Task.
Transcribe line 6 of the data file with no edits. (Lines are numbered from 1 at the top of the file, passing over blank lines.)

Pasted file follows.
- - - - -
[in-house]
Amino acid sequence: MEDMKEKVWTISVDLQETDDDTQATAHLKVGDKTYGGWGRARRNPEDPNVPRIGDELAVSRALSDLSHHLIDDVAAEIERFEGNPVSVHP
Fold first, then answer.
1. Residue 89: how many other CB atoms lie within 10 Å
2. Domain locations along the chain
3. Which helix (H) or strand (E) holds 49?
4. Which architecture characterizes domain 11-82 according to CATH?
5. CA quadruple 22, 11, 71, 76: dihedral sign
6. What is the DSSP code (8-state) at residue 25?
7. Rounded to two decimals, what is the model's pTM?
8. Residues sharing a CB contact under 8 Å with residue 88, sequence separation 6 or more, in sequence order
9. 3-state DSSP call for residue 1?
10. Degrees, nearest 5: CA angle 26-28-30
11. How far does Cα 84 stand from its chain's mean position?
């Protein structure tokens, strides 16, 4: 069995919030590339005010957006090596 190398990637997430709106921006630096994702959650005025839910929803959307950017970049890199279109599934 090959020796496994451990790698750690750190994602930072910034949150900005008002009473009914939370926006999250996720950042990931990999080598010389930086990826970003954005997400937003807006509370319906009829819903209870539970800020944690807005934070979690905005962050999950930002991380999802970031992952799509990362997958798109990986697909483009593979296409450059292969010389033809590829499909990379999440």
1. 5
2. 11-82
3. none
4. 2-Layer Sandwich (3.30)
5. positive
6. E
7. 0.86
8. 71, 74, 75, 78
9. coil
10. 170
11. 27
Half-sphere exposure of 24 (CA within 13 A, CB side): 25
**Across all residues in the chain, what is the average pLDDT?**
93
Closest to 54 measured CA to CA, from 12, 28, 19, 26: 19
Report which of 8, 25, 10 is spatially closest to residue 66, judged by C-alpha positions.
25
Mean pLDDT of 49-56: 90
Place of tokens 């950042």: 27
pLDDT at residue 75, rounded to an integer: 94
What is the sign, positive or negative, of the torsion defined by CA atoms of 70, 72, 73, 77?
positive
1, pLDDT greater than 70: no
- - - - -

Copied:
3. Which helix (H) or strand (E) holds 49?